As we continue to evolve using the best available data to our advantage — from now on — we will make updates, as needed, throughout the calendar month instead of only one adjustment.
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ASSET ALLOCATION UPDATES
Economic indicators continue to show international stocks have more opportunities than U.S. stocks, resulting in an overweight international level of exposure. (International countries have ground to make up in the pandemic recovery, proving more opportunities for economic improvement compared to the United States.) Among international markets, Italy and France have the highest economic scores.
Growth stocks continued to be preferred over value stocks — although that may change as interest rates rise. Risk-adjusted momentum is strongest in Large-Cap Growth, Large-Cap Value, and Mid-Cap Blend. Within U.S. markets, the sectors showing the highest risk-adjusted momentum continue to be Technology and Consumer Discretionary.
We made a reduction to equity exposure in some of our more conservative models, but remain with maximum equity exposure in all other models for every risk tolerance.
Given general market volatility, convertible bonds trends turned negative, prompting their removal in favor of broader bond allocations. We maintain a tilt toward short-term bonds to manage interest rate risk.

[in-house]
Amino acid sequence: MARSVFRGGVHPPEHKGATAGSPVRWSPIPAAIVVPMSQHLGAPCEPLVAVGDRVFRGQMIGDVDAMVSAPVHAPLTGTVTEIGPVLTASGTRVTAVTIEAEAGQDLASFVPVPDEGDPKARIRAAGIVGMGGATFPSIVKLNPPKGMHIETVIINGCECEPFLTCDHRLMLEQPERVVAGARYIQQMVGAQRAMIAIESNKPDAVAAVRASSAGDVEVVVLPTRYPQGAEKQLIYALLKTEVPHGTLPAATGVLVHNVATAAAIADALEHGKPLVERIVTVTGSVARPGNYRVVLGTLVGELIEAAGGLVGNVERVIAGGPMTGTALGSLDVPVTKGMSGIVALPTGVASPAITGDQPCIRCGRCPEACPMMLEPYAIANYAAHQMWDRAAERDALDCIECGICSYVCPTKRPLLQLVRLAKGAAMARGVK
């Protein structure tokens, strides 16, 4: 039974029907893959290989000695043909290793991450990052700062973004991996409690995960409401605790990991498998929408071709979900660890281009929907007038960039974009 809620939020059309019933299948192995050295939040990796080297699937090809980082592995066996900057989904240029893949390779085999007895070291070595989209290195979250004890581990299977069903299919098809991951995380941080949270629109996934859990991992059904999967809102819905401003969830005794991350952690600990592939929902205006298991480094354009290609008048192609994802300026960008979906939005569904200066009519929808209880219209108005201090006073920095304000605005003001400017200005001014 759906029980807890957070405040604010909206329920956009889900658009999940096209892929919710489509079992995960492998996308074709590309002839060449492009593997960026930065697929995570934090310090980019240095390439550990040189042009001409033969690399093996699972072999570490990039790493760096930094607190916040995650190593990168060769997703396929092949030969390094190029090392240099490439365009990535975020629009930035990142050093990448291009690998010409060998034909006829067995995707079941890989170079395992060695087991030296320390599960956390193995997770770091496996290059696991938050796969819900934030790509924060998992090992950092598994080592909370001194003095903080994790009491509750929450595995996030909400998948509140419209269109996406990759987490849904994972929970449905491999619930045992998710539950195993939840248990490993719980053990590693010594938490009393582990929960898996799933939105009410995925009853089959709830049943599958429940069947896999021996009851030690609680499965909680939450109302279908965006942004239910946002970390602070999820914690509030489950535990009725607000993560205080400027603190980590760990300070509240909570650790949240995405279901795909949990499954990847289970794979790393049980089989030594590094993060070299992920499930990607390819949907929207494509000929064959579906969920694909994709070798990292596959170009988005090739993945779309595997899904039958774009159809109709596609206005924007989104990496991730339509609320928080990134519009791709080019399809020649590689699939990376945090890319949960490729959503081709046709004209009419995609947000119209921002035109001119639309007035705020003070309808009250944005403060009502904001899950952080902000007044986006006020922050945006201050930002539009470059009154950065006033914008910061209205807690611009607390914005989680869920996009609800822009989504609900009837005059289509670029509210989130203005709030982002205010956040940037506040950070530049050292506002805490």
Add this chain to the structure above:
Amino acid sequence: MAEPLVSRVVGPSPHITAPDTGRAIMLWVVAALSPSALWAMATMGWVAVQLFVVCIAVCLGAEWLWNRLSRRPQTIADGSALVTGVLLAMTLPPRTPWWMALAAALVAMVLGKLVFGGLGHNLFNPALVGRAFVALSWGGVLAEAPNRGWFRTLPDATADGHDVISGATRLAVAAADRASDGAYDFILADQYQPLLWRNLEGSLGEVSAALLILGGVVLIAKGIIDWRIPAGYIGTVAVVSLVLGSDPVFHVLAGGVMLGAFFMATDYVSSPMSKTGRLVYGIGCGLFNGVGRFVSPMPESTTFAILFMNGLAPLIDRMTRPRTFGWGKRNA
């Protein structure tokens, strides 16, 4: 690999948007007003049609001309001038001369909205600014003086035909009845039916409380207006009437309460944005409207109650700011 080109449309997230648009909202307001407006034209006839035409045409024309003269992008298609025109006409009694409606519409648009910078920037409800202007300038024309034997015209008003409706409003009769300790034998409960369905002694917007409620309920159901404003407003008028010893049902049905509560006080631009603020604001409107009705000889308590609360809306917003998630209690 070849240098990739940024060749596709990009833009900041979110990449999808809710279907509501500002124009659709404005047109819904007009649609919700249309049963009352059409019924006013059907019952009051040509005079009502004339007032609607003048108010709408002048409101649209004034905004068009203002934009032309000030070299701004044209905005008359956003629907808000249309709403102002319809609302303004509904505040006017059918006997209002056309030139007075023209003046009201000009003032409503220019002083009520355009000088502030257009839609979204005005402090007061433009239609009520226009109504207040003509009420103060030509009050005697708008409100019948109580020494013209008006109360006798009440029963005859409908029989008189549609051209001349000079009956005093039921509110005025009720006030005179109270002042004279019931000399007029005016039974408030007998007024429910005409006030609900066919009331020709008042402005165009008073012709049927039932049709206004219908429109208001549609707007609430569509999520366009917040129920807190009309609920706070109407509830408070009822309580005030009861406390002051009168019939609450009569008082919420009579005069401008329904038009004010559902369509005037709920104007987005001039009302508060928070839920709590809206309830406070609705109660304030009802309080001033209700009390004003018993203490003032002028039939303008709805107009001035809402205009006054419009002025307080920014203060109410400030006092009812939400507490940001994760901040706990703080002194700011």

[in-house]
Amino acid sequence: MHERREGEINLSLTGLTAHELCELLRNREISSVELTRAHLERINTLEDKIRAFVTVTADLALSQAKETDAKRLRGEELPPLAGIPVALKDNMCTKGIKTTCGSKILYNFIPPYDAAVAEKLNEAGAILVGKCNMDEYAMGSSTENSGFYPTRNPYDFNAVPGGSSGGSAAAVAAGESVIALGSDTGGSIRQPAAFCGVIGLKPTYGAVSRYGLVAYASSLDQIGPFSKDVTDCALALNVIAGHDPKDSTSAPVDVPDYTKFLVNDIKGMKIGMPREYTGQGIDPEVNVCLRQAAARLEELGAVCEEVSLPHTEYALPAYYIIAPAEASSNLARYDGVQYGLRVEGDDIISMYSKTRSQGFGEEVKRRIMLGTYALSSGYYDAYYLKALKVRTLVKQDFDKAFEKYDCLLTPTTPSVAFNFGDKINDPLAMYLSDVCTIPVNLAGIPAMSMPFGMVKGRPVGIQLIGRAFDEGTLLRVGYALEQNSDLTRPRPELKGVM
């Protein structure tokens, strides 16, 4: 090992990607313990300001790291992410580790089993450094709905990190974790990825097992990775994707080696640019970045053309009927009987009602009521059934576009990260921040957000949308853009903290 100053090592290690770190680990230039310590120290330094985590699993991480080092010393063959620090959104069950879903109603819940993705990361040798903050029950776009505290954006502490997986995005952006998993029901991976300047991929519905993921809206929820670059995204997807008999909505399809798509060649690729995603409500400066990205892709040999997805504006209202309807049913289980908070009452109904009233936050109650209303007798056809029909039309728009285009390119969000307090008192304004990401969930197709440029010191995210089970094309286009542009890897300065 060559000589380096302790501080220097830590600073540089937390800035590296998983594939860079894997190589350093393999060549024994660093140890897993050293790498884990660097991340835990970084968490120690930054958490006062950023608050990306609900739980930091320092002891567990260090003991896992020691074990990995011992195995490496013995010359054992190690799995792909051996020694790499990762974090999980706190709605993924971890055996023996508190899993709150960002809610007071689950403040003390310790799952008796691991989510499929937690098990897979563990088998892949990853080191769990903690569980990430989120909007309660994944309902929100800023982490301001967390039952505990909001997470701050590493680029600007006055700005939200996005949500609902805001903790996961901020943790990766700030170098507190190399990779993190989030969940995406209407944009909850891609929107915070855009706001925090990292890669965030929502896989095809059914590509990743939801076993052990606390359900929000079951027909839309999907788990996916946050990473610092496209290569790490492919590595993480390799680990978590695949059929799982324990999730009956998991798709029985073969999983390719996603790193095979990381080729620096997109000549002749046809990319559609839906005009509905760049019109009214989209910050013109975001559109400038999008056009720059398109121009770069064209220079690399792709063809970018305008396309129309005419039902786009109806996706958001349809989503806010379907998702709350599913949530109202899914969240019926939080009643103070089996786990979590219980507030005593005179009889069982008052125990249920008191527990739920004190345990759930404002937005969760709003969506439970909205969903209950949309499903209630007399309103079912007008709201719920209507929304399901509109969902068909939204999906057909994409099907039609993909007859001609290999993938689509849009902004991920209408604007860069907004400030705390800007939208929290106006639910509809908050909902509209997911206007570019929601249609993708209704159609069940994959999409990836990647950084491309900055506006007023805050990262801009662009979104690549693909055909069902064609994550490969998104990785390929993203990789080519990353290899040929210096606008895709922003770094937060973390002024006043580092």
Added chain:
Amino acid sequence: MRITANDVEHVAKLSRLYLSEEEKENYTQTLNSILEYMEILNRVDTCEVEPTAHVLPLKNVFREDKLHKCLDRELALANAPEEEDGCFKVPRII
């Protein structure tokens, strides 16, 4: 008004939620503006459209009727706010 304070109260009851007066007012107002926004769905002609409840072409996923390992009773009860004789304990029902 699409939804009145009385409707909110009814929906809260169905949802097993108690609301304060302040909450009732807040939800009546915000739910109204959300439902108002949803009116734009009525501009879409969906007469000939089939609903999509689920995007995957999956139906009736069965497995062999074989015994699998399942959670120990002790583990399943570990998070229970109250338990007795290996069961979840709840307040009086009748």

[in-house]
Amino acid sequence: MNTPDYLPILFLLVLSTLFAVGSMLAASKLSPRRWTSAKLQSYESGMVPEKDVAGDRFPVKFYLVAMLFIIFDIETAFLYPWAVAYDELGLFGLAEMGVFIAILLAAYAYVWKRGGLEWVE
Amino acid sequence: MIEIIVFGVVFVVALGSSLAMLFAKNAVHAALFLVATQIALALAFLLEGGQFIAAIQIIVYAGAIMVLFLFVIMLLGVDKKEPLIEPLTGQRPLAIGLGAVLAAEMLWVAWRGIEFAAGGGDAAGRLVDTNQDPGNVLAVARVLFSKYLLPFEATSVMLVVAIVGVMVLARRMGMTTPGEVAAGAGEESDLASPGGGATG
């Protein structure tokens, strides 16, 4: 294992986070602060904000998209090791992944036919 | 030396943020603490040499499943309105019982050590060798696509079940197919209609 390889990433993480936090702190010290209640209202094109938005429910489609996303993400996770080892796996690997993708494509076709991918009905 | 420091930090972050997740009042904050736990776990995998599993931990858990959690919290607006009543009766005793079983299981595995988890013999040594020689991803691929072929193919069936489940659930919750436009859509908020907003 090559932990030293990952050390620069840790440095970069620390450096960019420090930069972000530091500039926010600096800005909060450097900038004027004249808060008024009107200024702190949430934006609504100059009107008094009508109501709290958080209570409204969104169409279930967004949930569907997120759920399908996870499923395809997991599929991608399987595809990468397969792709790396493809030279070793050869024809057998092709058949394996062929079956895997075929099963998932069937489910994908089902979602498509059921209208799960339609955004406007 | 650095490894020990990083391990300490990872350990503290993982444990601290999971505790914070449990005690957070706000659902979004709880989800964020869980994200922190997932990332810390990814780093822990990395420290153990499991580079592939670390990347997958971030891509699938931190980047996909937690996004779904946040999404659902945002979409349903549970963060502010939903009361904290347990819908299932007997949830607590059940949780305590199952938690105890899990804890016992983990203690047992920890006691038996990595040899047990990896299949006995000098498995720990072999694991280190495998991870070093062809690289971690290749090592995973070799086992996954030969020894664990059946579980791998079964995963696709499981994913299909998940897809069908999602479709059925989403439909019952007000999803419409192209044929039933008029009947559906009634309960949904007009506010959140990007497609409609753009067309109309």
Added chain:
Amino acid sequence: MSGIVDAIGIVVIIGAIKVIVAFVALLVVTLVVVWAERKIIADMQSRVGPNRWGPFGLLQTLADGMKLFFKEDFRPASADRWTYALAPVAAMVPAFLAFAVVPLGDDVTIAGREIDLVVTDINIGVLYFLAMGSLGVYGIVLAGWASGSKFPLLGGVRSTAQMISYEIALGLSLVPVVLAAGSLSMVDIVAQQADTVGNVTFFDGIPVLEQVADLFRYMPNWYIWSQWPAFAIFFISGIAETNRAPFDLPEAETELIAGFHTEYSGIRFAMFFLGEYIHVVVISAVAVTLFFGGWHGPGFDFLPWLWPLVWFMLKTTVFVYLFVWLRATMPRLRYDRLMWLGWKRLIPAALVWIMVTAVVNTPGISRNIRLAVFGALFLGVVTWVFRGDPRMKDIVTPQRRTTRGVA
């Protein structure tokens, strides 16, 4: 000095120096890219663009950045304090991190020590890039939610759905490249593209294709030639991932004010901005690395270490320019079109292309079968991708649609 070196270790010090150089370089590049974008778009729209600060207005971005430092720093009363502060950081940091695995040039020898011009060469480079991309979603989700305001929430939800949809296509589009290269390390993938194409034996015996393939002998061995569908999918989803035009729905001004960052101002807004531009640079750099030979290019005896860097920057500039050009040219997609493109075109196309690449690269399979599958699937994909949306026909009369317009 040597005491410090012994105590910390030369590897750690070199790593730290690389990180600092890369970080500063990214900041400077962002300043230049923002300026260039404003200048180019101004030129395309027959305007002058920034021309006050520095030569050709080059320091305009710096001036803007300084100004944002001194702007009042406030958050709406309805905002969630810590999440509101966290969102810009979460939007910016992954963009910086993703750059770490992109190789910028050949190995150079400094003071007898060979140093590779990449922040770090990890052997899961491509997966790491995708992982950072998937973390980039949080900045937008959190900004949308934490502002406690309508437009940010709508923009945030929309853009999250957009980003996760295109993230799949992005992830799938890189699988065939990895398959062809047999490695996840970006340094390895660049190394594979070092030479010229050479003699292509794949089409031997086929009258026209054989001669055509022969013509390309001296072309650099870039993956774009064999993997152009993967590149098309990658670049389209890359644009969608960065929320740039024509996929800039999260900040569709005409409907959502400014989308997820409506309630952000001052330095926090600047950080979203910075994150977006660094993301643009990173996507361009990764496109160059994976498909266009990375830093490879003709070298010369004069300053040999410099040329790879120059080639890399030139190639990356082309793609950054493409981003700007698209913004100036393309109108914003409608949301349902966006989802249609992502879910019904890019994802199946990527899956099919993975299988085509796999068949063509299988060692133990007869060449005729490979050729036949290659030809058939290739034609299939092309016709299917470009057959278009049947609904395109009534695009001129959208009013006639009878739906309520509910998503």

Widening high-yield bond spreads indicate the markets are becoming more skeptical about creditworthiness, resulting in an overweight position in Treasuries to reduce risk. Also, we continue to hold bank loans, as it is the only diversifying asset class to have positive momentum.
The S&P 500 finished 2021 with a gain of nearly 27 percent for the year. The Nasdaq composite, powered by Tech stocks, climbed 21.4 percent, and the Dow Jones Industrial Average gained 18.7 percent. It was the third year in a row with double-digit stock market gains.
Corporate profits were up more than expected in 2021, fueled by spending as consumers increased purchases of big-ticket items and rotated more of their money toward in-person services. In addition, Wall Street got a boost from the Federal Reserve, which held its short-term interest rate near zero all year. That helped keep companies’ borrowing costs low and stock valuations high.